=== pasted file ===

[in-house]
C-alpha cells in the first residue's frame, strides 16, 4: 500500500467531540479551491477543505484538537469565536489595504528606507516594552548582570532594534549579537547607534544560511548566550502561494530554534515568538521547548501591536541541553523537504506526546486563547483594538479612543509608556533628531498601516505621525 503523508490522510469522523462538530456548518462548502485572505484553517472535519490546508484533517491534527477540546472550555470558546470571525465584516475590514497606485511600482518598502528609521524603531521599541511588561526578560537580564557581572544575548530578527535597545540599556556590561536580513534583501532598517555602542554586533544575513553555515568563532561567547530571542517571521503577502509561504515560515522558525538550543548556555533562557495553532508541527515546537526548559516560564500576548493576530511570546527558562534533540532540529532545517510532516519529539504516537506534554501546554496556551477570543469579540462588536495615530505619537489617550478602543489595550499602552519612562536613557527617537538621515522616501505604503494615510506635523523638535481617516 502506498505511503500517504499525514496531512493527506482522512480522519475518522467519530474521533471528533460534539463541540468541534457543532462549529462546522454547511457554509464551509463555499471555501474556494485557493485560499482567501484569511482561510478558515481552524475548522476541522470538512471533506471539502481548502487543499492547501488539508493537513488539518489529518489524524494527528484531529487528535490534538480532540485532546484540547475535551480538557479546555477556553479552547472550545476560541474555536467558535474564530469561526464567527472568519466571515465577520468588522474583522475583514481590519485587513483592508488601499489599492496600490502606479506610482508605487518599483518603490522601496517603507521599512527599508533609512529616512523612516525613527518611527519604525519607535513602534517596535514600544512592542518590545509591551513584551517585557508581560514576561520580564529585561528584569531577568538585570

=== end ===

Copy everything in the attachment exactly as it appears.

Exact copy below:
[in-house]
C-alpha cells in the first residue's frame, strides 16, 4: 500500500467531540479551491477543505484538537469565536489595504528606507516594552548582570532594534549579537547607534544560511548566550502561494530554534515568538521547548501591536541541553523537504506526546486563547483594538479612543509608556533628531498601516505621525 503523508490522510469522523462538530456548518462548502485572505484553517472535519490546508484533517491534527477540546472550555470558546470571525465584516475590514497606485511600482518598502528609521524603531521599541511588561526578560537580564557581572544575548530578527535597545540599556556590561536580513534583501532598517555602542554586533544575513553555515568563532561567547530571542517571521503577502509561504515560515522558525538550543548556555533562557495553532508541527515546537526548559516560564500576548493576530511570546527558562534533540532540529532545517510532516519529539504516537506534554501546554496556551477570543469579540462588536495615530505619537489617550478602543489595550499602552519612562536613557527617537538621515522616501505604503494615510506635523523638535481617516 502506498505511503500517504499525514496531512493527506482522512480522519475518522467519530474521533471528533460534539463541540468541534457543532462549529462546522454547511457554509464551509463555499471555501474556494485557493485560499482567501484569511482561510478558515481552524475548522476541522470538512471533506471539502481548502487543499492547501488539508493537513488539518489529518489524524494527528484531529487528535490534538480532540485532546484540547475535551480538557479546555477556553479552547472550545476560541474555536467558535474564530469561526464567527472568519466571515465577520468588522474583522475583514481590519485587513483592508488601499489599492496600490502606479506610482508605487518599483518603490522601496517603507521599512527599508533609512529616512523612516525613527518611527519604525519607535513602534517596535514600544512592542518590545509591551513584551517585557508581560514576561520580564529585561528584569531577568538585570